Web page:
But I learned and saw several things thanks to those massive movers and shakers, and they're all things that have nothing to do with music or small, independent rock bands: How great Scion cars are (and that the Melvins are playing a Scion-sponsored free show at 3 p.m. today, followed by Ghostface Killah and Rakim on Saturday! No need to see small bands that may suck!); how pretty Fader is (and how much fun Redman will have promoting his new album at our free show with free booze tomorrow night!); and how great DirecTV's reception is (and that we're broadcasting live from Sixth Street with Matt Pinfield all week!). Those Mountain Dews weren't being handed out by school children on holiday, after all.
But don't we already know who Public Enemy and Mastodon are? Certainly, but maybe you don't know how much you love MDX, Mountain Dew's newest energy drink. And that's the point entirely. Just remember that you'll need lots of MDX—which tastes like fructose-enhanced laundry detergent, by the way—to survive SXSW.
It's Wednesday afternoon again. The e-mails from SXSW haven't stopped rolling in yet, and they won't for days. The e-mails all look different and different people keep sending them, but they all say the exact same thing: "Hey, my clients were awesome in Austin [people love this phrase], and you should make them famous."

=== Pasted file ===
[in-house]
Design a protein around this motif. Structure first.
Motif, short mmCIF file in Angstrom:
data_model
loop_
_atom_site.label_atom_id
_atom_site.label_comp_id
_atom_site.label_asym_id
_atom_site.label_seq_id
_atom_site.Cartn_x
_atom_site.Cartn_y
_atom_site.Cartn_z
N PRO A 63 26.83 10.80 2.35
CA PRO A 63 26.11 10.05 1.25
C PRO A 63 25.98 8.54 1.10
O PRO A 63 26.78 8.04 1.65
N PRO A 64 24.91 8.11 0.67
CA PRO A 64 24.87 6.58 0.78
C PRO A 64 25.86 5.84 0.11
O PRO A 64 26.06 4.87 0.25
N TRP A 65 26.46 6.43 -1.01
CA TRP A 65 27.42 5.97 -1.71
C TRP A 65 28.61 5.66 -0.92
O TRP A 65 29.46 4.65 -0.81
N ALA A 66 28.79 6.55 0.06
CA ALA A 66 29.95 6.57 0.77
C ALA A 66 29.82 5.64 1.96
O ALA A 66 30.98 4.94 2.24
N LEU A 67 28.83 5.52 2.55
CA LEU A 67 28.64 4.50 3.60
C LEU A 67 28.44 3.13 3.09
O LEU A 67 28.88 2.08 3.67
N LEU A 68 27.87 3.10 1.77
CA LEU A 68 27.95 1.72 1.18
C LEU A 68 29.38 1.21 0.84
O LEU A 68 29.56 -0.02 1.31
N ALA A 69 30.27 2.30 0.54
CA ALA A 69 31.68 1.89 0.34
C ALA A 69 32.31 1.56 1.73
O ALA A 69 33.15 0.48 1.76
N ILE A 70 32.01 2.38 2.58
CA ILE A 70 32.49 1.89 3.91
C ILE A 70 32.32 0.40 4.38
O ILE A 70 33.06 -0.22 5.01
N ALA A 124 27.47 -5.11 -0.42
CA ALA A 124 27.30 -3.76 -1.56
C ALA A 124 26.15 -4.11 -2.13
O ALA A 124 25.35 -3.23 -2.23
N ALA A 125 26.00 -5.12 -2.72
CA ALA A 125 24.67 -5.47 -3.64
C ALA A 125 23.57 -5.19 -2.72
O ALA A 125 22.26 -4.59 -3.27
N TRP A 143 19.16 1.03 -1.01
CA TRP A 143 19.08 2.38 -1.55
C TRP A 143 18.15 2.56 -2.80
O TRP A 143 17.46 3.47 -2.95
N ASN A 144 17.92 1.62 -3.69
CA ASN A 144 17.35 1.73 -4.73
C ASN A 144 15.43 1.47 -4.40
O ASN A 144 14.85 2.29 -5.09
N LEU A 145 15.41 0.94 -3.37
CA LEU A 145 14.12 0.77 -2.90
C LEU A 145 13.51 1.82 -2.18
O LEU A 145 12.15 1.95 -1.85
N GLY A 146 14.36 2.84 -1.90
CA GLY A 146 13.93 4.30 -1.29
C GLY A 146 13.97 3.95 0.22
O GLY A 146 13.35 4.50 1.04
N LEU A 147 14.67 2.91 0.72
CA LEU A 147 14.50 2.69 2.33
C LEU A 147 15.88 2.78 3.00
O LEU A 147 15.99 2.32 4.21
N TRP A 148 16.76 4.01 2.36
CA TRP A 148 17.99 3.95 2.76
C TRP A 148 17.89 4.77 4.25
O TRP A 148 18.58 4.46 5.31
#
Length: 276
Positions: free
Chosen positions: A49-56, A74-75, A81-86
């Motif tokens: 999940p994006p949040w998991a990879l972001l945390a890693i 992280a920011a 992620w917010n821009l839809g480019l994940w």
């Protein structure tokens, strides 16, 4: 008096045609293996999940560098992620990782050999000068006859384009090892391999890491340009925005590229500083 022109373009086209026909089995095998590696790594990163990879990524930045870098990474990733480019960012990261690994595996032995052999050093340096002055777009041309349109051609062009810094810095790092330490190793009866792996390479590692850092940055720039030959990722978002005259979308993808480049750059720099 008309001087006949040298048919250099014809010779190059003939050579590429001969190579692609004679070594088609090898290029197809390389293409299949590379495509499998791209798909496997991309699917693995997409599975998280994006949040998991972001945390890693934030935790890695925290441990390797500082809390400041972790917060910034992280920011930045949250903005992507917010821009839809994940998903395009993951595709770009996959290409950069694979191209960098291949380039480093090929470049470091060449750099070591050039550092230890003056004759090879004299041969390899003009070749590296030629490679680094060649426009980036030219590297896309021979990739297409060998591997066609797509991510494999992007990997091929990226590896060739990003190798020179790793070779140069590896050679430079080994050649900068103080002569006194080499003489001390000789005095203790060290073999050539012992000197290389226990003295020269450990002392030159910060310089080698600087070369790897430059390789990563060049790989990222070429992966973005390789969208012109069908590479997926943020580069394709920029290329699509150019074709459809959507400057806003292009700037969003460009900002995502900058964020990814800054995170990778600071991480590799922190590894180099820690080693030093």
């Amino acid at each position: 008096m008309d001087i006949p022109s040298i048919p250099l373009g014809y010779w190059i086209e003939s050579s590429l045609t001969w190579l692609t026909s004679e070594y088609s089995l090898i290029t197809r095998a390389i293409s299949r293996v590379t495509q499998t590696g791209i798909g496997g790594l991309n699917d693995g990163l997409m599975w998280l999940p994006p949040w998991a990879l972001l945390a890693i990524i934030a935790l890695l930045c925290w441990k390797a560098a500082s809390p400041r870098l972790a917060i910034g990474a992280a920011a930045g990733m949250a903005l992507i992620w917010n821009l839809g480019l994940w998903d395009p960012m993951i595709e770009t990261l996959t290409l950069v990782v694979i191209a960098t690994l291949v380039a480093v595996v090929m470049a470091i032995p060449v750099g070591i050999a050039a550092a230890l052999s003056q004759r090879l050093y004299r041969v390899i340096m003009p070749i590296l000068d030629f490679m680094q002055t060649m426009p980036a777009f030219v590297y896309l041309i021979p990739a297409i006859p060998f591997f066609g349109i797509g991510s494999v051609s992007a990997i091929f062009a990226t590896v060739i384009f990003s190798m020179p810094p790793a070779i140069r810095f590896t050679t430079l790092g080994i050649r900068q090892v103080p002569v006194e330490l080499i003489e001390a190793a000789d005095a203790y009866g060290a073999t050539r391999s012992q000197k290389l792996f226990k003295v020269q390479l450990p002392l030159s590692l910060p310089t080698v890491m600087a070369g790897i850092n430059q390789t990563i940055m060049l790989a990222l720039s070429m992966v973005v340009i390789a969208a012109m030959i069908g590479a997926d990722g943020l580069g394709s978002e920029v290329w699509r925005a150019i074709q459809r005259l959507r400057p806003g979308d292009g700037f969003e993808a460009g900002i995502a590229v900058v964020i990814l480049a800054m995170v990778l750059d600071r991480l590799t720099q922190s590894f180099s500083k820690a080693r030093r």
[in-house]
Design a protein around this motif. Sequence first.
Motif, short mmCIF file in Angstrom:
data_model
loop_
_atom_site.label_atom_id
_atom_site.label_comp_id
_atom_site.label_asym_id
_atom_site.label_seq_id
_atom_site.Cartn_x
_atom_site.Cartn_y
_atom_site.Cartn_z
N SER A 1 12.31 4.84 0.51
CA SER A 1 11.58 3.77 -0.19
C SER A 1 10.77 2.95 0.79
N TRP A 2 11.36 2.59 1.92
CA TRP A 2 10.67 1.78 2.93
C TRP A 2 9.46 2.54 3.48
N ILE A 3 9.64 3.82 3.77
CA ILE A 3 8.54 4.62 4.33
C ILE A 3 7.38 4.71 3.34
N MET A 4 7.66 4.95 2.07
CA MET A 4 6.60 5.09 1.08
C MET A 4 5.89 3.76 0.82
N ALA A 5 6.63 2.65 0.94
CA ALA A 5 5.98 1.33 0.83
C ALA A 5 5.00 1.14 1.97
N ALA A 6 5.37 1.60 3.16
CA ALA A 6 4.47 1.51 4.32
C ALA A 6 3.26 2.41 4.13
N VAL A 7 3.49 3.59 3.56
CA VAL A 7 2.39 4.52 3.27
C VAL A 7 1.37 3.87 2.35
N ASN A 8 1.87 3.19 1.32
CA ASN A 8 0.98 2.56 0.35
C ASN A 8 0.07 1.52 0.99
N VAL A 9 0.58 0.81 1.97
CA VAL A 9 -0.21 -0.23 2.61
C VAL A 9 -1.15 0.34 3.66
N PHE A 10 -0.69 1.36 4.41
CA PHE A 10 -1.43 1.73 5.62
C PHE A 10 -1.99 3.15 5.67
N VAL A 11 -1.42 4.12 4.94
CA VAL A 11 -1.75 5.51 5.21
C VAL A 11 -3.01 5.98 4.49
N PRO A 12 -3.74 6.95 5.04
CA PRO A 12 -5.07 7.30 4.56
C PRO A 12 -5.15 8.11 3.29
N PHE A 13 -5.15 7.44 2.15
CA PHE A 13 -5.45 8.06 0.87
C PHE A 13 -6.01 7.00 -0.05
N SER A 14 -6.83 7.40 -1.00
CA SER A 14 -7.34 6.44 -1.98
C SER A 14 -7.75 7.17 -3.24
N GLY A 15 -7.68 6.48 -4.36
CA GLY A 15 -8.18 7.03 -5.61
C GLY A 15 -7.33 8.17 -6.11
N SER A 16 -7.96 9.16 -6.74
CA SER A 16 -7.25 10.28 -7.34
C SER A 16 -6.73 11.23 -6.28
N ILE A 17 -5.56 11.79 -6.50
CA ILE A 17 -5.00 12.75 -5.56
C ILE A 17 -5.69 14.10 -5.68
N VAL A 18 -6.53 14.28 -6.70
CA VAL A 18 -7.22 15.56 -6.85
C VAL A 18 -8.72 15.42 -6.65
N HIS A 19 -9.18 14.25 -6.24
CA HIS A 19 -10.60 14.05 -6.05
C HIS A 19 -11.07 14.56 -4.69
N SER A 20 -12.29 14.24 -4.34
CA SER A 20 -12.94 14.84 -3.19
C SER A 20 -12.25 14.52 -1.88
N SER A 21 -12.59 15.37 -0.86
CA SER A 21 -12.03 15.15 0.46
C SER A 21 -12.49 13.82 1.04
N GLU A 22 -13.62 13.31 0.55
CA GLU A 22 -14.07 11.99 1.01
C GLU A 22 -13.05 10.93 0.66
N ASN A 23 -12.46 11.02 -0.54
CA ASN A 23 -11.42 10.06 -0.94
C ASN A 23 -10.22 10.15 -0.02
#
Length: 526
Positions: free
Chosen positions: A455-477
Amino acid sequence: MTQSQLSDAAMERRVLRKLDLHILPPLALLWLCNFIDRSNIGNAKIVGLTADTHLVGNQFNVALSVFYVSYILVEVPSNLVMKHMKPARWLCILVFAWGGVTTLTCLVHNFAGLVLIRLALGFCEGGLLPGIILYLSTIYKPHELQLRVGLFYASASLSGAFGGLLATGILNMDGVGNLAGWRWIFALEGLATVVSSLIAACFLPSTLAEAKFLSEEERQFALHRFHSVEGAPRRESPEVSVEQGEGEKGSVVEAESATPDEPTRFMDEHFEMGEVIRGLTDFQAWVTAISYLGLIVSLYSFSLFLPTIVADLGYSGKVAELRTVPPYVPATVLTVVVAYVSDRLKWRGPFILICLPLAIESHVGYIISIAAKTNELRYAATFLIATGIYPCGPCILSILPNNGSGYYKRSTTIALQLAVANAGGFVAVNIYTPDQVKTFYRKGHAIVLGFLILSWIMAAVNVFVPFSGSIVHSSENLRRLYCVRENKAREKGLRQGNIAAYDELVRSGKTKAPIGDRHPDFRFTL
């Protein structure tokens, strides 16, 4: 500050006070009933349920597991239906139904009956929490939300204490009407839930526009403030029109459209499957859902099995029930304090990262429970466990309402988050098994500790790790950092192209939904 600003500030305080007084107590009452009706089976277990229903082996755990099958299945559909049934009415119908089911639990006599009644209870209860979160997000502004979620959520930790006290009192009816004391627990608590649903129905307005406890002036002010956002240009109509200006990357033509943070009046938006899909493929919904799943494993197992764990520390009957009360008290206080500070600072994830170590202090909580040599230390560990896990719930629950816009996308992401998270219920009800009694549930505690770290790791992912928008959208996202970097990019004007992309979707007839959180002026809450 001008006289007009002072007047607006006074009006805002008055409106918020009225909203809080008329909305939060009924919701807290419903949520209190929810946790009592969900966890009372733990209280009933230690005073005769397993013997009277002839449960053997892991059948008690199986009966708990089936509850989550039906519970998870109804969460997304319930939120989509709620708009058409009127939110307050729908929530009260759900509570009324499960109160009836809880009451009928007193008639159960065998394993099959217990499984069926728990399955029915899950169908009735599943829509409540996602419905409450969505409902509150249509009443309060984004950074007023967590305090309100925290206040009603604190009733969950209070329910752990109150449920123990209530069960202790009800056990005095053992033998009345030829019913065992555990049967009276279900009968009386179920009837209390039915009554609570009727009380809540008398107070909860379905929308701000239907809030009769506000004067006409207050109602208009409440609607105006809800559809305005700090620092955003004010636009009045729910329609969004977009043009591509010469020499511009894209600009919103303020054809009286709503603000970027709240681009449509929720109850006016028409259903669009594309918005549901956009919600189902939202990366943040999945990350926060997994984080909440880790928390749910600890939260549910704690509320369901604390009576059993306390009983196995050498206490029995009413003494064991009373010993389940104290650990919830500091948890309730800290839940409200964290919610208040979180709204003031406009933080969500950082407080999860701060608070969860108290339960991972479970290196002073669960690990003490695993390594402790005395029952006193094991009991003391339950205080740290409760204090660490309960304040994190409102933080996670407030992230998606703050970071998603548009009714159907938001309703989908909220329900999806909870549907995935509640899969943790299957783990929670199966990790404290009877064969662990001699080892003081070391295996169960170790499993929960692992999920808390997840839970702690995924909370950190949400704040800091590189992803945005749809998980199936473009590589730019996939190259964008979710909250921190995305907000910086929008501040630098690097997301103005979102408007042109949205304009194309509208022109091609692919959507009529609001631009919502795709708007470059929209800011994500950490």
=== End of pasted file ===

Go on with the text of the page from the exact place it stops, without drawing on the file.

Just look for messages with subject lines like this: "[Insert band name here] steals SXSW spotlight!" "[My baby band] becomes SXSW buzz band!" "Did you see [my label's] bands in Austin? They were unbelievable, right?"
Given the sheer volume of these post-conference dispatches, they're pretty useless. Even if only 1 percent of the bands playing in Austin manage to tell you through e-mail five days later that they were the best thing in Texas, that's still 14 too many bands. SXSW makes for too many teams to play, too many causes to be selfish and too much alcohol to care about either.
There's a different kind of madness in Texas, and it can be either the most empowering or depleting atmosphere in the world. Sure, it may be next to impossible to get noticed as a young band, but—if you're going to get noticed—what better place to do it than here, where all of your peers are watching amongst the nation's collective of critics and industry heavyweights. People like Rolling Stone's David Fricke and the MC5's Wayne Kramer are actually just walking around. Hell, go for it.
For some bands, it works. Kramer joined Raleigh's Valient Thorr onstage Friday for a song, and Raleigh's The Rosebuds walked away with a handful of major press kudos, inspiring noted blog Gorilla vs. Bear (gorillavsbear.blogspot.com) to write, "It dawned on me that these guys are the most underrated band in America."
Or what about relatively unknown Wilmington metal trio Weedeater, who played one of the best sets I saw at the entire conference Friday night in a small club on the corner? It was so good that Brent Hinds, lead guitarist in Atlanta's Mastodon, pumped his fists and slammed his beer bottle against the concrete floor beneath him as the last song came crashing to a close. Mastodon is perched atop the metal world right now, so their endorsement is sort of a big deal.
And good for Weedeater. Good for any band, really, that still makes use of SXSW as a platform for offering what they have without a sponsorship or a marketing company. And good for the cab driver who realized that everyone on Sixth Street in Austin last week was a little crazy. Some 58 bands later, my body agrees.